Africa’s Superhero Culture; The Next Big Thing


Africa may finally be catching up to a culture that has led the way for the better part of a decade.

A lot of people probably grew up reading superhero comics, falling in love with larger than life characters who seemed able to do the impossible but in one way or the other, were still in their own ways very human. The superhero culture dates as far back as the 1930’s where different media were used to bring alive these character role models; starting from radio, to pulp fiction, newspapers and actual comic books; it was immediately obvious that the world was falling in love with a phenomenon; lovable, endearing, deeply flawed saviors.


The influence of the superhero following can in recent times be observed with the sheer bulk of superhero movies being made and their amazing box office numbers. In 1995, Batman forever came on our screens and grossed an amazing $183,997,904. The highest grossing superhero movie to date; Marvel’s the Avengers is estimated at $623,357,910 and twenty upcoming superhero movie releases are already being heavily anticipated with trailers and teasers coming out daily. With figures like that, we’d better pray Africa is catching up.

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I guess part of the much wider lure of the superhero culture lies in the simple message of unprecedented help, the knowledge, if you will, that anything is possible. So for years children and adults the world over have embraced superheros as a means to detract from immediate difficult situations or drab, mundane lifestyles. Africa although being a huge consumer of this culture had for a long time nothing to contribute to the conversation, times are changing however as a number of African superhero comic book start-ups are making moves and getting involved.

Below we’ll showcase three homegrown superhero stories that we hope to see more of;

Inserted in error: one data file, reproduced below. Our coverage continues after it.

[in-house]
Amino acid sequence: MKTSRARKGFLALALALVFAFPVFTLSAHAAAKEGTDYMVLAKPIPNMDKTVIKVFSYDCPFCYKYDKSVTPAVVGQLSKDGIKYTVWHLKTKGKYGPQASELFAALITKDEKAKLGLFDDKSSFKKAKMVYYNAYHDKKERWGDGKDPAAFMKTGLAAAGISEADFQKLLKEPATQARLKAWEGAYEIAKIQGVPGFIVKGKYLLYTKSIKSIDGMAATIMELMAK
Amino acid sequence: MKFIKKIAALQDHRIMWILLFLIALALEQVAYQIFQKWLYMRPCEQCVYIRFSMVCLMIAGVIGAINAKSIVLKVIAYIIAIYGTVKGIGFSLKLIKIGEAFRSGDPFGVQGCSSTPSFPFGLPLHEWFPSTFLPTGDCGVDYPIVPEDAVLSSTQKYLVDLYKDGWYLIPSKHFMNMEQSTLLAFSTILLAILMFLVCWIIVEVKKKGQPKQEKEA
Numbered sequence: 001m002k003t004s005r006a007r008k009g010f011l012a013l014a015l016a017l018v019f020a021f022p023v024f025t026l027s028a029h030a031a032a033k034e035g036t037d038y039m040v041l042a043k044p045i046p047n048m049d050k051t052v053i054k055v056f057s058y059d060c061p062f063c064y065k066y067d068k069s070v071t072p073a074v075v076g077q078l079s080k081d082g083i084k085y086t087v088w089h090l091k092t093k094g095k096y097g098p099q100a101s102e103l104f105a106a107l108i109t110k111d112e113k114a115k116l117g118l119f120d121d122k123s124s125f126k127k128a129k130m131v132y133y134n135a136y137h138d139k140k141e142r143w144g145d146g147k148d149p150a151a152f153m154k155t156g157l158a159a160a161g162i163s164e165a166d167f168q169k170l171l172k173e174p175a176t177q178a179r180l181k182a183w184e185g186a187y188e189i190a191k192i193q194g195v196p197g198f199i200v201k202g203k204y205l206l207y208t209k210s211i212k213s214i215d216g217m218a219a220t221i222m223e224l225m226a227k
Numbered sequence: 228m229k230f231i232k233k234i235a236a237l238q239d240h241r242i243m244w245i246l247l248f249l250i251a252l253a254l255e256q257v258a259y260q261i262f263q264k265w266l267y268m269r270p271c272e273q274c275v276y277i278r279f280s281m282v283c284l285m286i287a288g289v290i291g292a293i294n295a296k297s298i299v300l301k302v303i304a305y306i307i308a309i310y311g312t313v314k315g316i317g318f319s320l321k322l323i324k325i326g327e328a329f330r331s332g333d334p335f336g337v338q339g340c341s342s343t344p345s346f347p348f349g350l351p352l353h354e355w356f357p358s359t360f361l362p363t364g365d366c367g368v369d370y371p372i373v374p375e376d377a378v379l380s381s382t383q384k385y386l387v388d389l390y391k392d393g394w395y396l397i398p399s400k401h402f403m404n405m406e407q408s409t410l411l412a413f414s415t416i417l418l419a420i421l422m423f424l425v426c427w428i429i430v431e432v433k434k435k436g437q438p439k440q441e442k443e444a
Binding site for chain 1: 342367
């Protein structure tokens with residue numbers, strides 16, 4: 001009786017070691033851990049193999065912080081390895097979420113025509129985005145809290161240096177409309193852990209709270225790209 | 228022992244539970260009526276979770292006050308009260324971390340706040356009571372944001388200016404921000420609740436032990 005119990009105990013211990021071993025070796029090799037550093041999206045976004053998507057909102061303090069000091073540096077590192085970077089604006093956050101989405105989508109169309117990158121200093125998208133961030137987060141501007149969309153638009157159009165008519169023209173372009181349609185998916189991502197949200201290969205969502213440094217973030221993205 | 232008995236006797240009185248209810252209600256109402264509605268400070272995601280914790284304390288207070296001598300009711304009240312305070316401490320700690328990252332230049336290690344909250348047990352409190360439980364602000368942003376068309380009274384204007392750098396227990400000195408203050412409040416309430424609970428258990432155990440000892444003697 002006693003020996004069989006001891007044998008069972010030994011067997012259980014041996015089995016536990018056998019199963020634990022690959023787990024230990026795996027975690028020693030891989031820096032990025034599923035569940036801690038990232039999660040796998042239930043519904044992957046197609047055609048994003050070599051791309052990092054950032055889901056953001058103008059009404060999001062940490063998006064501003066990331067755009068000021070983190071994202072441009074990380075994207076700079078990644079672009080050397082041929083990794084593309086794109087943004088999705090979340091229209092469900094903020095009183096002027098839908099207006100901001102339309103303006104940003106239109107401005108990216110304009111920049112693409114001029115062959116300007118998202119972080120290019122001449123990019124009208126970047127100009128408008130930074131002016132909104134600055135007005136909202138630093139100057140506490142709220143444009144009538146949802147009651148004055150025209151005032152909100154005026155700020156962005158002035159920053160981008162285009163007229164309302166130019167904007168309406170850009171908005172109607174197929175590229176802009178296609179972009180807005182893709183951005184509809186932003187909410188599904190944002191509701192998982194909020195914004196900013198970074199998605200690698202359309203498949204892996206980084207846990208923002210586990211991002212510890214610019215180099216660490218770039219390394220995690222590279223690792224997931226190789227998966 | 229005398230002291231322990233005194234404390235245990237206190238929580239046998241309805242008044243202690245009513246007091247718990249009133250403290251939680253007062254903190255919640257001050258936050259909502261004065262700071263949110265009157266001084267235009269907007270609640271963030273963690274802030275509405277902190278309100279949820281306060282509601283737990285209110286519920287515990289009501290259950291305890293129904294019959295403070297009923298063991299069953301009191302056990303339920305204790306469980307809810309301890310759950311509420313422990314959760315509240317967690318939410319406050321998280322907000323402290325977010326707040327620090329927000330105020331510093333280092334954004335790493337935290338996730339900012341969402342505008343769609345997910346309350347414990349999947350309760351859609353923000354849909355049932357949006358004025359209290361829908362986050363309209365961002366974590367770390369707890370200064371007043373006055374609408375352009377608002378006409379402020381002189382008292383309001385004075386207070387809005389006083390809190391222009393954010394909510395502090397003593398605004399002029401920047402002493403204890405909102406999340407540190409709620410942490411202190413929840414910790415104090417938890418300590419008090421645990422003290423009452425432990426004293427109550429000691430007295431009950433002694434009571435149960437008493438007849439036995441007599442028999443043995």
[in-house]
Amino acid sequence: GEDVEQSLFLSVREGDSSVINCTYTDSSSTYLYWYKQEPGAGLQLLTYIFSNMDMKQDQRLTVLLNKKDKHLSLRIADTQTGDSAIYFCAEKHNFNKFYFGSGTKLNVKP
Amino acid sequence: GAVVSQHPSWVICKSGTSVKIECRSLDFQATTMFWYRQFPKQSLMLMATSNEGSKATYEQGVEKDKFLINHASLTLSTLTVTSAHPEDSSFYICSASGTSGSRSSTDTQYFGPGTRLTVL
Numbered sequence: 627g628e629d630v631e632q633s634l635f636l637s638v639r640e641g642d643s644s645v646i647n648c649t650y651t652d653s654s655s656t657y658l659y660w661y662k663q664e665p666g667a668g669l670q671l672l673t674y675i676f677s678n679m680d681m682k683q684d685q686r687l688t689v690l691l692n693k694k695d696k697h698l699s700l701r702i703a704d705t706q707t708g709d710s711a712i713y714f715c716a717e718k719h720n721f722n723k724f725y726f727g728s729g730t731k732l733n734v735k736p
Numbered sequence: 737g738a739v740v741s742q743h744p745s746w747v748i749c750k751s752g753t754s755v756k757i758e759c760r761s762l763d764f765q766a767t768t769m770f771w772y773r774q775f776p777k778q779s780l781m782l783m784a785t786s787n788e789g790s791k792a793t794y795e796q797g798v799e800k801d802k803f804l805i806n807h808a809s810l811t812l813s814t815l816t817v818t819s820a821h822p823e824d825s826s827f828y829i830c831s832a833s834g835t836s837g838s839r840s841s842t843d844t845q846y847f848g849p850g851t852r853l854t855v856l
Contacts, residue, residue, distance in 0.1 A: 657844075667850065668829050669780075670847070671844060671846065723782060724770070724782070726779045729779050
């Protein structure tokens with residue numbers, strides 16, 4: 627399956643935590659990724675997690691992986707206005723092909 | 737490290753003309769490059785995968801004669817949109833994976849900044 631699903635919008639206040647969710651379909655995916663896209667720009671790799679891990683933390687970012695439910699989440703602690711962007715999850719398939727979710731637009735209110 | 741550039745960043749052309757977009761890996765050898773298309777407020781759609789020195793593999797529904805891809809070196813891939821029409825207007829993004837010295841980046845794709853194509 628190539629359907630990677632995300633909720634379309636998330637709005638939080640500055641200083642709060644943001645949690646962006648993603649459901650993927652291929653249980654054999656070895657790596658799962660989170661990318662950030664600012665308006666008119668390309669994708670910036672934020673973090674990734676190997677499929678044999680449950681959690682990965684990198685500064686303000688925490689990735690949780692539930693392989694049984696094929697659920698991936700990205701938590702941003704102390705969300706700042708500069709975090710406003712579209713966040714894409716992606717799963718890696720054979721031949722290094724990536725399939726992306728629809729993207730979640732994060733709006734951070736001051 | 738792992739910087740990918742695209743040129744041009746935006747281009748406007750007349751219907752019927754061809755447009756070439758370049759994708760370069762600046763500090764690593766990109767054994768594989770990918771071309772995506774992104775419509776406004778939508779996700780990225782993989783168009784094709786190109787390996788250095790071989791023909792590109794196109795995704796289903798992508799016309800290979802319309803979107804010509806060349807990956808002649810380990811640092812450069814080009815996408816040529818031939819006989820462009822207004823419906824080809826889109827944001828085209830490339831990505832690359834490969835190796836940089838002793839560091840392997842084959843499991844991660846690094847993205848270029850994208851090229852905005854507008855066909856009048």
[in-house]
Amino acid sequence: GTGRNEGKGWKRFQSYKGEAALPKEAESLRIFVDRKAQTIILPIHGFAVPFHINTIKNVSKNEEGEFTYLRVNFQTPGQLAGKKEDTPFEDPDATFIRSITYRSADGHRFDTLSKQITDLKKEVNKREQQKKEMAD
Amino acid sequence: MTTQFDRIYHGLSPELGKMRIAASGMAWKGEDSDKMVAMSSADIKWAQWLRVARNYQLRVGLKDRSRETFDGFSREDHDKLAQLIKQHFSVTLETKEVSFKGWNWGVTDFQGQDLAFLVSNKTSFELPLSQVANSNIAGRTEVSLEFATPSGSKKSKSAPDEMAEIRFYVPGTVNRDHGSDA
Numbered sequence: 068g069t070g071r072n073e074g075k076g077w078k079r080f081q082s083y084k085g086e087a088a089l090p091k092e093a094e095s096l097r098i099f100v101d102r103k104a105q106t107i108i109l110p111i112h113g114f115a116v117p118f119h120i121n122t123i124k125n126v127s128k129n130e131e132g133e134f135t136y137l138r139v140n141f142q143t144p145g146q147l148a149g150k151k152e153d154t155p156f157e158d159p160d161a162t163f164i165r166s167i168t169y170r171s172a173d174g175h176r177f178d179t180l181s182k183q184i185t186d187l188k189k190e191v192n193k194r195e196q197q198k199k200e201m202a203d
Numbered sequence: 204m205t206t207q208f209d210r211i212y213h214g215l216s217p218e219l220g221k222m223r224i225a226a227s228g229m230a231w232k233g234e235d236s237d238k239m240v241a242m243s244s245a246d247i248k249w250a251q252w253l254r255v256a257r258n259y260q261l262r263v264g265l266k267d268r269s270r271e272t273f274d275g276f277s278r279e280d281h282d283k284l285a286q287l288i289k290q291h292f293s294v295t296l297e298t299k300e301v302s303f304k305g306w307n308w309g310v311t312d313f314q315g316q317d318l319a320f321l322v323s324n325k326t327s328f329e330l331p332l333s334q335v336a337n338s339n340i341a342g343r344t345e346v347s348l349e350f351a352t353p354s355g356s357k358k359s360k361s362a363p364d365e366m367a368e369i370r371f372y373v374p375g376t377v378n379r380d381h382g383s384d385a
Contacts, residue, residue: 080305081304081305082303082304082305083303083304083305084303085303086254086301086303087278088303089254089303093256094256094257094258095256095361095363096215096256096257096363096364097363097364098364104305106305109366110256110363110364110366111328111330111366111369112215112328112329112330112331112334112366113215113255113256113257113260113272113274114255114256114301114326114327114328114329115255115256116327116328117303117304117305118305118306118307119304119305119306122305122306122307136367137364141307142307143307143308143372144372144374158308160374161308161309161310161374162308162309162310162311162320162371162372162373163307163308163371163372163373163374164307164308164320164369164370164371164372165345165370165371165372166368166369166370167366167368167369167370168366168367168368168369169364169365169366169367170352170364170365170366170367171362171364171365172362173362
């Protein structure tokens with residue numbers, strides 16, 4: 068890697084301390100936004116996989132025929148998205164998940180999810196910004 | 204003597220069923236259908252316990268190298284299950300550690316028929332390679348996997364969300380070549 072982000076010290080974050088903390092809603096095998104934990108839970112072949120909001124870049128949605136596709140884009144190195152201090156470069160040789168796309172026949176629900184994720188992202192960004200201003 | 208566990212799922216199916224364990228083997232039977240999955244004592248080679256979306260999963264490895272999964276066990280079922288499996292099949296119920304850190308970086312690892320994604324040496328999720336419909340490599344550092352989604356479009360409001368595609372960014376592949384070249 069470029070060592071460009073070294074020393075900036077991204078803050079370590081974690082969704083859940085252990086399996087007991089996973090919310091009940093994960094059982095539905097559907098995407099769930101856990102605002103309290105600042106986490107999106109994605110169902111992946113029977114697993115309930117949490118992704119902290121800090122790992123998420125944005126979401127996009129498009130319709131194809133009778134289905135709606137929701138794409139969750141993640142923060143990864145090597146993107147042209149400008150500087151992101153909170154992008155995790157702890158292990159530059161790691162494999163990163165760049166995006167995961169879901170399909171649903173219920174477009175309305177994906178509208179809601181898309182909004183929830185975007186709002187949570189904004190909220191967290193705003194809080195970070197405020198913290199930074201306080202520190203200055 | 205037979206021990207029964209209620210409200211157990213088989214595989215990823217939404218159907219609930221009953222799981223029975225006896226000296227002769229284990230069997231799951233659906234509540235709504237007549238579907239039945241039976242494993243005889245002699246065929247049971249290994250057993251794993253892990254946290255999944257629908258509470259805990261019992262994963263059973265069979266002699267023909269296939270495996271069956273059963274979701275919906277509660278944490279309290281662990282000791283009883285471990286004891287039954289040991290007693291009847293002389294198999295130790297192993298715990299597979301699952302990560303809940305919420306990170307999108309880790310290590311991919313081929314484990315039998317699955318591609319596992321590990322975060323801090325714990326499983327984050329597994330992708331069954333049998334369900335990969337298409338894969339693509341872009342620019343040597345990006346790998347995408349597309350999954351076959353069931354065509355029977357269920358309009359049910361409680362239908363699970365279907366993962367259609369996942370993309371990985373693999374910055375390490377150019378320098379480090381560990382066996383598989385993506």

E.X.O The Legend Of Wale Williams: This superhero story which is intended to be a trilogy already has a 136-page book available. its set in a futuristic 2025 Africa and tells the story of Wale who after being compelled home to Nigeria begins to investigate the death of his father; a brilliant engineer-inventor who leaves him a cryptic Nanosuit that grants him superhuman abilities. He saves the city from grave danger which comes in the form of CREED, a radical organization led by Oniku; an extremely intelligent and calculated sociopath.


Kwezi: Kwezi is the brain child of Loyiso Mkize and is a comic which follows the young, narcissistic teenager Kwezi who is portrayed as a cocky kid, obsessed with twitter and selfies. He discovers his superhuman abilities amid the daily hustle and bustle of the fictional Gold City which is modeled after Johannesburg. The comic is appropriately peppered with street slang and cultural references to entice its intended audience. This comic which took three years to develop is pretty well planned and already has 3 of its intended 12-parts out.


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Aje: Aje is the most recent offering of the Comic republic, which is a modest comic start-up company with the aim of making African superheroes to rival Iron man, Batman and other soon to be former favorites. In the first issue of Aje, Teni an undergraduate curses her boyfriend in a flame of wrath and purple lightning; “Koni dara fun o ni yi aye (it will never be better for you in this life),” With a start like that, I personally can’t wait to see what the rest of the series will be about.


As these young innovators continue to put in work, Africans should endeavor to support this growing market, that at its prime can guarantee us comfortable streams of revenue and outlets for our sometimes stressful lives.